medieval canals

Medieval canals network revealed
A network of more than 50 miles of medieval canals created by monks – who punted down them – has been discovered in Lincolnshire.
The ditches dug from the Witham Valley up to 1,000 years ago were unearthed by a county archaeologist and civil engineer.
Using aerial photographs, Martin Redding spotted the telltale signs of the canals.
Medieval monks from orders including the Benedictines and Cistercians are believed to have created the waterway network between 800 and 1,000 years ago.
The canals are thought to have been first created as a means to rebuild monasteries destroyed in the 9th century Viking raids.

Mr Redding says he has tracked around 56 miles of waterways from Stixwould Priory to Boston to Swineshead [Abbey].
The canals may also have run into Lincoln itself, he said.
He made the discovery while carrying out an environmental impact statement for the Witham Fourth District Internal Drainage Board, where he works.
“I borrowed some aerial photographs and, looking at them, it became very apparent that there were very faint lines across the landscape,” he said.
None of the canals have been excavated and Mr Redding is now hoping that archaeologists will come forward to take the project further.
TV historian Adam Hart-Davis said the discovery is “tremendous news”.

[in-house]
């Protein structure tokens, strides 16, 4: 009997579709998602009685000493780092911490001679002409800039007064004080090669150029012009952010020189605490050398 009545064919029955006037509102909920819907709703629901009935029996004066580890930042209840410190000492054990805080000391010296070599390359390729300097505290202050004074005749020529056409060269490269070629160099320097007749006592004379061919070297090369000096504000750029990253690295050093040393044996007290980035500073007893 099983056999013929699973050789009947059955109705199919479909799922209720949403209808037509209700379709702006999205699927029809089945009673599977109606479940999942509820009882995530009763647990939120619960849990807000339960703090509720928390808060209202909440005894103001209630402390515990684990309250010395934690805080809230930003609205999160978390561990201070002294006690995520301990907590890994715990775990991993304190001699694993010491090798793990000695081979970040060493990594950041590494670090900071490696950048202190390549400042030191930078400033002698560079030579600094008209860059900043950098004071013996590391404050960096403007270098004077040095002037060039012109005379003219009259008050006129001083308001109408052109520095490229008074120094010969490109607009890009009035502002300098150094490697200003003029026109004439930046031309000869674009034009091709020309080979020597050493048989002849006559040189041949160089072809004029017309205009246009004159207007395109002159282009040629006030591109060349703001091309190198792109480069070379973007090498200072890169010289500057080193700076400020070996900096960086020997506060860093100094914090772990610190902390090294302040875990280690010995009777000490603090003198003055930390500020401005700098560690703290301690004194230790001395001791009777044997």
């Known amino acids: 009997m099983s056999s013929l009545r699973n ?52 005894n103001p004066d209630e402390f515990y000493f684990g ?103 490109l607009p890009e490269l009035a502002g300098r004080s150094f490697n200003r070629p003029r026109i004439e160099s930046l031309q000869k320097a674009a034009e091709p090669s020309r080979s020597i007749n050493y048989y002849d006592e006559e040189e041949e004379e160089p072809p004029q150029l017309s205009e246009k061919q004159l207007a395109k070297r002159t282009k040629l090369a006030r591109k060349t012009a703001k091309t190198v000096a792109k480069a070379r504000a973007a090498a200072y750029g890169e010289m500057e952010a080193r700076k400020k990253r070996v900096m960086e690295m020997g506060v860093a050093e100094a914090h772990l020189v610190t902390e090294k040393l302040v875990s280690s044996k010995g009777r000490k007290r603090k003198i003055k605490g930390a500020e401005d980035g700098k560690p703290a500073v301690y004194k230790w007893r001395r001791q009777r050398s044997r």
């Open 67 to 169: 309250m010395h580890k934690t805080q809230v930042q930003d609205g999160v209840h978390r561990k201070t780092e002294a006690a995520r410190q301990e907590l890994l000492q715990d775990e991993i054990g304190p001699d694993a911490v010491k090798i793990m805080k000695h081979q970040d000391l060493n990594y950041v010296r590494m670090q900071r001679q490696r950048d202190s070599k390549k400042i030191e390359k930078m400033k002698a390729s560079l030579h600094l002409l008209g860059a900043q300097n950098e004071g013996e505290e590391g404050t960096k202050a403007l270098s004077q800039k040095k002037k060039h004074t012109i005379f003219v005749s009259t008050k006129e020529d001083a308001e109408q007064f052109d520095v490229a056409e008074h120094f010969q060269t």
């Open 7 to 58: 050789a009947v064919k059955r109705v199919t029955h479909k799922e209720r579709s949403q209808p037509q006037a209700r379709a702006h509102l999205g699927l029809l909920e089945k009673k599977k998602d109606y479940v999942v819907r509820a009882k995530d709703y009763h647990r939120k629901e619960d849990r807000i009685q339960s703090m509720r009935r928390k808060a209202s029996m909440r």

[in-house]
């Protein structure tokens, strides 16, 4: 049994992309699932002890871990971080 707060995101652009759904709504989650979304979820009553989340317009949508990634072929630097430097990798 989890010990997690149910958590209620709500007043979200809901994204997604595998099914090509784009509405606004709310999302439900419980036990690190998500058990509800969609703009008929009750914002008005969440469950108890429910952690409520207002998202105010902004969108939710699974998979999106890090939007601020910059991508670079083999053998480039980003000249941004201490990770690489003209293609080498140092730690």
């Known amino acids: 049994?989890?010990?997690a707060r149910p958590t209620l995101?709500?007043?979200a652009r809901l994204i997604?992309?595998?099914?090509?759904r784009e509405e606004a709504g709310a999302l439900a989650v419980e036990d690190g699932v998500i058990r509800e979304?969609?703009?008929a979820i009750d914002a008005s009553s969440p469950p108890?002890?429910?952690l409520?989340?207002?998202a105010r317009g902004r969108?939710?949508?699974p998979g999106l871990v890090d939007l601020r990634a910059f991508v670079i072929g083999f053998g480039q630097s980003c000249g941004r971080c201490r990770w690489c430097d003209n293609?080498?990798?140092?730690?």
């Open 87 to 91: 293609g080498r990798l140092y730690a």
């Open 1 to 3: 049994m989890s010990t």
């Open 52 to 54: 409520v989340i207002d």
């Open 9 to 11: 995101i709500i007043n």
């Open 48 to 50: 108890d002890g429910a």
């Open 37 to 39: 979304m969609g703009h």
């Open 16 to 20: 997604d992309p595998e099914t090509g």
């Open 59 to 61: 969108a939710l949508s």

Canals for monks in punts discovered in Fens

Telegraph

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2 comments on “medieval canals

  1. Your blog inspires me!

    I wrote a poem that involves Stonehenge. Not published, I’m not really a poet. But I thought you might get a kick out of knowing that a writer in northern California wove together the two things: the Coast Highway and an English archaeological site.

    STONEHENGE/ PACIFICA

    It was a dream I had, some restless night.
    Perhaps one of those weeks/ months/ years
    when we were worried about money.
    But when were we ever not worried?
    First there was the mortgage,
    and then the two.
    Then your mother got sick,
    and your father died.
    And my mother I think developed
    Alzheimer’s
    but we couldn’t ever mention it.

    One night
    after we’d fallen dead asleep
    from exhaustion or worry – you in the big bed and I on the sofa –
    I saw it.
    We were driving on the Coast Highway and I saw it.
    Rising at the tip of your finger,
    as though you had conjured it.
    Rising from the fog off Pacifica.
    Rising, like memory.
    The stone monoliths of Stonehenge.

  2. saesferd says:

    Gosh! I didn’t expect my blog to inspire poetry! Thank you, anthropologist.

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